Most resorts have a dive centre based on the island which provide boats a couple of times a day to the surrounding dive sites with some day boats to the sites further afield.

Manta Rays are one of the reasons that the Maldives is a top destination for divers, as this is one of the few places in the world almost guaranteed to provide divers with an amazing encounter with these elegant giants. They are year round residents of the Maldives but the locations they can be found at varies with the seasons. Ari Atoll is on the west and therefore the mantas are found in the surrounding waters from December to April and most common from February to April. There are several cleaning stations which are Manta hotspots throughout the atoll, but some of the favourite visited by the nearby resorts or liveaboards are Kudarah Thila in the South East and Hukrueli Faru.

Nudi, Credit

Liveaboard Diving

Liveaboards are the most efficient way to take in the best dive sites the Maldives has to offer, especially Ari Atoll which is spread across 40km, with the top sites for large pelagic encounters spread across that distance. They will all have experienced dive guides who know the area well so will know where and when to see the best of the marine life.  The liveaboards do tend to have a minimum dive requirement for some of their trips due to the strong currents some dives they do will be difficult for beginner divers, although some do allow you to take part in further training whilst diving with them.

Although the Manta Ray is the main attraction of the diving in the Maldives the underwater world in this area has a whole lot more to offer in terms of marine life and dive sites. A short hop from the main Ari Atoll is the Rasdhoo Atoll, this atoll is famous for schooling Hammerhead Sharks. In the early morning hours at a dive site called Hammerhead Point lucky divers can be witness to impressive schools of the strange looking creatures swimming past just out in the blue along with many other reef sharks.

Corals, Credit

Cyclone feeding is a rare and spectacular event where over 100 manta rays can feed together and create a chain which the head of each manta ray touches the tail of the manta in front. This creates a huge spiral of up to 200 mantas. The Maldives is one of the few places on the planet where divers can experience this dramatic event which takes place at Hanifaru Lagoon during the months of May to October. The tide, current and wind at this time are at an optimal alignment which traps huge concentrations of plankton in the lagoon that attracts hundreds of the graceful mantas along with their fellow plankton feeders the Whale Shark. To dive in this cyclone is an exhilarating experience with the gigantic creatures whizzing about on every side of you and is definitely a moment of your life that you will never forget! If you are land based on a resort at Ari Atoll you will not be close enough to reach this phenomenon but most liveaboards during this season will visit Hanifaru to witness this amazing sight.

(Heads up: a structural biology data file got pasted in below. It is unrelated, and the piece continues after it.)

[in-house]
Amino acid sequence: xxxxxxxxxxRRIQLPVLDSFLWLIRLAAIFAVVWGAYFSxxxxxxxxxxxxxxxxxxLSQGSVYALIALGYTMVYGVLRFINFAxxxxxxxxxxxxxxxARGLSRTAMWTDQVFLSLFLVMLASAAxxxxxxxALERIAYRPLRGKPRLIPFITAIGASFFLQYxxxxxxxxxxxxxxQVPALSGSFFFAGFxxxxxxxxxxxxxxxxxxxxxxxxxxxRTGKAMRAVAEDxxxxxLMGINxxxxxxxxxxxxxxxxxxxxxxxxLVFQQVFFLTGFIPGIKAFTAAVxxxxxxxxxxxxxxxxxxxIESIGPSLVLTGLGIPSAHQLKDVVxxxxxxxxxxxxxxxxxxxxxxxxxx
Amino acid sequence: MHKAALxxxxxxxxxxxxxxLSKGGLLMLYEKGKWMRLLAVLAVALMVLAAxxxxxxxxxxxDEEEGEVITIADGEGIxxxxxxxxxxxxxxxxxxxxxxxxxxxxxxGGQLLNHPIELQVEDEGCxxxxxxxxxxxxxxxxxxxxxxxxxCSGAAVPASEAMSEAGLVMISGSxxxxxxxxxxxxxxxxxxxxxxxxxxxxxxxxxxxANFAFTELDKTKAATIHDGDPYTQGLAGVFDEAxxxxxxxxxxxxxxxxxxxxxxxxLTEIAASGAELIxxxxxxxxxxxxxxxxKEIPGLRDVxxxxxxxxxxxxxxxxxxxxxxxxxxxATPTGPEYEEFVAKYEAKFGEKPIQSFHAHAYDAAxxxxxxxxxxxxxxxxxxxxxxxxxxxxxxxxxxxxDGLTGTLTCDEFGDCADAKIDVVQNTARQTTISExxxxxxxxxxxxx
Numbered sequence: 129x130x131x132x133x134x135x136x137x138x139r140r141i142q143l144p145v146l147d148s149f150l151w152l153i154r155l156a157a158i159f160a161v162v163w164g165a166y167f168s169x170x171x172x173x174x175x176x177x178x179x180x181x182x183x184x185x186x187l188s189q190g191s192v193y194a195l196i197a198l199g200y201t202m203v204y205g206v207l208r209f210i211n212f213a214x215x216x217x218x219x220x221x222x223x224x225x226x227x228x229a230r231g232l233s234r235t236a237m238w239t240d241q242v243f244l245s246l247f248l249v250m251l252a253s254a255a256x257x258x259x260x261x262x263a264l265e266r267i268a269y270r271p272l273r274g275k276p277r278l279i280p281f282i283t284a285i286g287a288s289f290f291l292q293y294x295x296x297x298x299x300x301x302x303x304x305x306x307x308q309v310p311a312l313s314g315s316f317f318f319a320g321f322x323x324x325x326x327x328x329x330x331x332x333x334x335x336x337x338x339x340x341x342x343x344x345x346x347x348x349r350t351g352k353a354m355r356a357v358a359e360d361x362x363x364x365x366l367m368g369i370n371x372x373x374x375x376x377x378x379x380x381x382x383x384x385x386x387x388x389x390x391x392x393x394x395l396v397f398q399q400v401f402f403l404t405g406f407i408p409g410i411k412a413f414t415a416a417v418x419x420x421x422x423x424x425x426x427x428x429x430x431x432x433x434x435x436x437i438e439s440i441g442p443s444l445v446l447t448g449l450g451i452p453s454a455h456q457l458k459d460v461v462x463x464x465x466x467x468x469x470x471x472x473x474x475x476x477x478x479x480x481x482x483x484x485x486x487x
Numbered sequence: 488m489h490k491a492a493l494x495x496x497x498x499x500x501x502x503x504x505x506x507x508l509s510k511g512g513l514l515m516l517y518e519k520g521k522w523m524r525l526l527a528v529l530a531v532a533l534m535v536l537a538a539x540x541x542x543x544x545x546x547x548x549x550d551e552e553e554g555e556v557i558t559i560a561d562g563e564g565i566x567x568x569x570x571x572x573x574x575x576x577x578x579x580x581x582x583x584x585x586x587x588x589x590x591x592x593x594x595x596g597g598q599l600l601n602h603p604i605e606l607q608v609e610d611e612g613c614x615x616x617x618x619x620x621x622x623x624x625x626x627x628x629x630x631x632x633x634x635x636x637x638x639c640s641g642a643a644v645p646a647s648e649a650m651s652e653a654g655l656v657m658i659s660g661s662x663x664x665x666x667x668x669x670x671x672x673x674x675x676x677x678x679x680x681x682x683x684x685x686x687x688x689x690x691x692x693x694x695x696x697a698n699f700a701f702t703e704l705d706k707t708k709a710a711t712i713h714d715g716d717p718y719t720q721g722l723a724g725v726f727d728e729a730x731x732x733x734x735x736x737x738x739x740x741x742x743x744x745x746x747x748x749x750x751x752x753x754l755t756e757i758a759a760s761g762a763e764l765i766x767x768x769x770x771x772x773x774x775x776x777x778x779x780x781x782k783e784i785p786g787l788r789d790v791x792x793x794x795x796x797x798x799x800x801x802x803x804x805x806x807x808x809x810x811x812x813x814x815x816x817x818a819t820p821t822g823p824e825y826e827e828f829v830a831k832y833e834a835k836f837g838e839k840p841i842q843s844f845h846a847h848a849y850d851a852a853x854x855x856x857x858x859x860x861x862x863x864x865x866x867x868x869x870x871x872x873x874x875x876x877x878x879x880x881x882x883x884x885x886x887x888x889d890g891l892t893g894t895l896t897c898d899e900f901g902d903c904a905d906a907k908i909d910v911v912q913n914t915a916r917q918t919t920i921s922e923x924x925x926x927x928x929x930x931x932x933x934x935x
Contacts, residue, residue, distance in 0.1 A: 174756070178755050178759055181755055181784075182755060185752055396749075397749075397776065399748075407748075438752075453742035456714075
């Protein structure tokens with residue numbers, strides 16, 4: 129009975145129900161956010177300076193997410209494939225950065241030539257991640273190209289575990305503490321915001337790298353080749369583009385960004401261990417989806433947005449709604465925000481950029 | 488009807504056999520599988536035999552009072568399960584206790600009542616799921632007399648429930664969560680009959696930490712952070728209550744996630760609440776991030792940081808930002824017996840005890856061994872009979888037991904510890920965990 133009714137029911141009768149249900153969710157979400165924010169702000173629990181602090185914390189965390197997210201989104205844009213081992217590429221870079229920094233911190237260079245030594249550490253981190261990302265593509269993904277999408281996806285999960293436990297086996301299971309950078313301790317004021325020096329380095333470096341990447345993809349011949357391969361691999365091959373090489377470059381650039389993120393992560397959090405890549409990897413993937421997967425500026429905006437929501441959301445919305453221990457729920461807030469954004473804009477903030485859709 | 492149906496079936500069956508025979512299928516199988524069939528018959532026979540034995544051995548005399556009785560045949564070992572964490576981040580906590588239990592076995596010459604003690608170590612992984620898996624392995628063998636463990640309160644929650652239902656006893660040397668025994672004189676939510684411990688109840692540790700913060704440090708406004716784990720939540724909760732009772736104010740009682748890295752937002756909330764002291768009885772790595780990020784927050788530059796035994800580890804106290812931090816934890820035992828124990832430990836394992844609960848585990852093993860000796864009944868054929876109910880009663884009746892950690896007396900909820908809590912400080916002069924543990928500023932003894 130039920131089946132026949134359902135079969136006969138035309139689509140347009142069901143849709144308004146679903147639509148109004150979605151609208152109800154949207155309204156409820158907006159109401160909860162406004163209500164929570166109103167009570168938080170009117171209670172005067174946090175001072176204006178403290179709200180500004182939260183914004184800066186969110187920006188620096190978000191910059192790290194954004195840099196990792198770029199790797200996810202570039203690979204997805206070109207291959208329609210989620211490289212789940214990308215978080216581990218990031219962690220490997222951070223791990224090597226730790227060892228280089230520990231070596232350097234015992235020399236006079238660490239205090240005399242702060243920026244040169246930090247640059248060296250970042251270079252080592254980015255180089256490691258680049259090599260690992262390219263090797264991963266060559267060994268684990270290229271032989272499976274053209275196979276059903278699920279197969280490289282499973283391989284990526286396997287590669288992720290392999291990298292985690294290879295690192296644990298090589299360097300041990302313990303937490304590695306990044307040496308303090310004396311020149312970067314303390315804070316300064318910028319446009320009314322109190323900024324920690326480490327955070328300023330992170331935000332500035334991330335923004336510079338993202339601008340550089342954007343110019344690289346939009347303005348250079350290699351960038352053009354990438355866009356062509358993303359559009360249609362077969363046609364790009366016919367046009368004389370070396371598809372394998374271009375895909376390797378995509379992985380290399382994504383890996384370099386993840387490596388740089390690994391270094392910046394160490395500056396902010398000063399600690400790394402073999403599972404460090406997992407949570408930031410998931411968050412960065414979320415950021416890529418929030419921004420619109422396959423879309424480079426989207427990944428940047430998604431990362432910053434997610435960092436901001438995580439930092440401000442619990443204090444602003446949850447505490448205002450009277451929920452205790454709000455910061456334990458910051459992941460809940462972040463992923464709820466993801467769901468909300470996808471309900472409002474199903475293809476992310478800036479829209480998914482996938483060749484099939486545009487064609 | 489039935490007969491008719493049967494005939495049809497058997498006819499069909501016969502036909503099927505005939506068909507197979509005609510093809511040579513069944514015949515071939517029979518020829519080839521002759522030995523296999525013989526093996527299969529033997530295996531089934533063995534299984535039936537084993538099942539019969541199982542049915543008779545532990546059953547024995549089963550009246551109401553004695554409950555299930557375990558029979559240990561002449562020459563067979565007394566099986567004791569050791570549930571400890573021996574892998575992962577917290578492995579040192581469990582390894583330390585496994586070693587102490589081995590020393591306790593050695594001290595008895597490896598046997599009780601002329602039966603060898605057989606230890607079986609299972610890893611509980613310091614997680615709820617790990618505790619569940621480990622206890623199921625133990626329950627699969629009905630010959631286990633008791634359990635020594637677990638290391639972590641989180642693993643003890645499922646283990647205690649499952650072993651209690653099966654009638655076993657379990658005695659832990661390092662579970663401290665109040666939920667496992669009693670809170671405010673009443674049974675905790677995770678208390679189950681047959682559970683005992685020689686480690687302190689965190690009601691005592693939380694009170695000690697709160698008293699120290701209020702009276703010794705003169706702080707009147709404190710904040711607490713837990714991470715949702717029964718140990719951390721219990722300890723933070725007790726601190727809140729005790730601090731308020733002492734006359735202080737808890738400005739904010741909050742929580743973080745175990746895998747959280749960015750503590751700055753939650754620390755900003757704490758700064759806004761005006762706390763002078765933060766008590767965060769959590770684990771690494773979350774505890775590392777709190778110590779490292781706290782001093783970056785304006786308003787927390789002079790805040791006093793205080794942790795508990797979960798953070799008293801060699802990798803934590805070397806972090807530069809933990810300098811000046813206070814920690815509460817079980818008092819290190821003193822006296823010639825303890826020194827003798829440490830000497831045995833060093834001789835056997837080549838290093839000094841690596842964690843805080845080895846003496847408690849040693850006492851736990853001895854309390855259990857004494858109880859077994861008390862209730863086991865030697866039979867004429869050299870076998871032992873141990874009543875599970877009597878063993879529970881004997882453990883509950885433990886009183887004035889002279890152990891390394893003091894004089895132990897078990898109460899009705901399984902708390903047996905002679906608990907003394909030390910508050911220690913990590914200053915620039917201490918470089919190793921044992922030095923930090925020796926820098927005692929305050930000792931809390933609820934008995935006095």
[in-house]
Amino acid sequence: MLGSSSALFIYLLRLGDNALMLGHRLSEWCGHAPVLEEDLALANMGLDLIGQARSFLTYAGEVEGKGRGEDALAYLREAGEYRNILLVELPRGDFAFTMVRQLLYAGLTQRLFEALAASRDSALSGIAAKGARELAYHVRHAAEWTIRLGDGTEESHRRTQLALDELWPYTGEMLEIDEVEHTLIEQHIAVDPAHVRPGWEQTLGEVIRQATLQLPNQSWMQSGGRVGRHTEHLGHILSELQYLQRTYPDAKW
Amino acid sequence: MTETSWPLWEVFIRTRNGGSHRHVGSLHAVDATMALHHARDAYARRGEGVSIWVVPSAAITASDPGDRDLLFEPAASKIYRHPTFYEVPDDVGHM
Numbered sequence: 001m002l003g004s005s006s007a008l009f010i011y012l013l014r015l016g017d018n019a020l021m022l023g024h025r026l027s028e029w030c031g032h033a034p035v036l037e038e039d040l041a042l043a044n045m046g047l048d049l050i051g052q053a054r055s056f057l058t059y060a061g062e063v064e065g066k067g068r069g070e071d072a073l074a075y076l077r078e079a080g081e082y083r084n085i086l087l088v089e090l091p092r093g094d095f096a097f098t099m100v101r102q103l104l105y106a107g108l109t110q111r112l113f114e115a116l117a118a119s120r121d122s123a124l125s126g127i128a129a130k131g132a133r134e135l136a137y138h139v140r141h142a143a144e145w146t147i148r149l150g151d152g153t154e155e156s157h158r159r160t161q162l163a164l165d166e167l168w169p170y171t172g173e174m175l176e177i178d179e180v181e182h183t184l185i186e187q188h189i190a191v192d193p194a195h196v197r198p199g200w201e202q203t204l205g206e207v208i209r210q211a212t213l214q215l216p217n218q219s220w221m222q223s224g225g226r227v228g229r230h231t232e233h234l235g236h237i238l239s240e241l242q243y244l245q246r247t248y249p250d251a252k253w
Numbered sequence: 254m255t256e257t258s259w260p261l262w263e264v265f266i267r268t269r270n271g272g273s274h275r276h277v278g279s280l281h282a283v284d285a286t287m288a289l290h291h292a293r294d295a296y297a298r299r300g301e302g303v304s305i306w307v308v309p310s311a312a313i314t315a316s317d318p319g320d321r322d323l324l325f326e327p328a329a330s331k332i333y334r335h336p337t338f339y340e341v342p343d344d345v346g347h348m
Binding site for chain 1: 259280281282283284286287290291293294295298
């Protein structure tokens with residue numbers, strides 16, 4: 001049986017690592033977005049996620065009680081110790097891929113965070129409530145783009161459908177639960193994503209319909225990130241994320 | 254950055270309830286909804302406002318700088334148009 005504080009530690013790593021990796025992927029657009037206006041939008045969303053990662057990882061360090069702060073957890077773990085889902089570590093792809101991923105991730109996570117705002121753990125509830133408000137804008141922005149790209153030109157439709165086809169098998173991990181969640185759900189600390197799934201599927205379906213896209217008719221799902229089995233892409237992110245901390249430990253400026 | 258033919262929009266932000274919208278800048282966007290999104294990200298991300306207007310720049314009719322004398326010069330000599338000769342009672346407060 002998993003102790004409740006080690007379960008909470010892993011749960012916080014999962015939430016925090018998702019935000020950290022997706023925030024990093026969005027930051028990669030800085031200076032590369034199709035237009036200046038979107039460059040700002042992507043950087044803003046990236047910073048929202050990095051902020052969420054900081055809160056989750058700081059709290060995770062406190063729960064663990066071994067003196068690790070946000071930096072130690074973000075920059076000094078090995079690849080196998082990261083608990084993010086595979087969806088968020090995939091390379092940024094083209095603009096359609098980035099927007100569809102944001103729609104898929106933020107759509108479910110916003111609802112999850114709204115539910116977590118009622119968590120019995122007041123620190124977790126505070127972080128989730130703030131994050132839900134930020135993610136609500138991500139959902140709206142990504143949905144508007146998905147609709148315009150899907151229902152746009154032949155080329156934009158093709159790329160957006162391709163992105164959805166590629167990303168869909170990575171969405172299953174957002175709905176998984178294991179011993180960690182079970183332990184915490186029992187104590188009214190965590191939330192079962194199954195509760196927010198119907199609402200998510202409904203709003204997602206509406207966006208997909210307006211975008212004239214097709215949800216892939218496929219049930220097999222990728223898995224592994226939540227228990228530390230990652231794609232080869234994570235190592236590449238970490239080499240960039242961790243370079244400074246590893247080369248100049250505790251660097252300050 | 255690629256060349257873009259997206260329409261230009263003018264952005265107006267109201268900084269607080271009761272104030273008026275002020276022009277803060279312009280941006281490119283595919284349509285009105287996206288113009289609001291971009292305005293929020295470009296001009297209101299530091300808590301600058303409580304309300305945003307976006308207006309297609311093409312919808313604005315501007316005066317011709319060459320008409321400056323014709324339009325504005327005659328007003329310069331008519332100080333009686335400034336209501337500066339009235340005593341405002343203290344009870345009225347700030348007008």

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How to Get There

Ari Atoll can be reached by sea plane from Male which is the location of the international airport. These flights take 20-30mins and during that time you can take in the magnificent aerial views of the atolls dotted in turquoise and blue water.

Ari Atoll, Maldives, Credit

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Where to Eat & Drink

Ari Atoll is comprised of roughly 50 small islands that dot the Indian Ocean. Most islands have a single luxury resort on them, which provide all food and drink for the guests in a truly spectacular setting.  Dive-focused tourists generally choose to explore the reefs on a liveaboard, since the dive sites are very spread out.

Refreshment! Credit

 

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Other Activities

Diving is the main tourist activity on all of the Maldives islands, even so there is a selection of many other activities to take part in on the resort islands. The activities available will depend on the facilities of your chosen resort, so when picking an island and resort you should research what each has to offer. Most resorts have spas, a selection of bars and restaurants, and many other water based activities such as wind surfing, snorkelling, canoeing and sailing. The Maldives is an excellent holiday destination for those who love diving and the water or those who simply want to relax and do nothing on a peaceful quiet remote beach.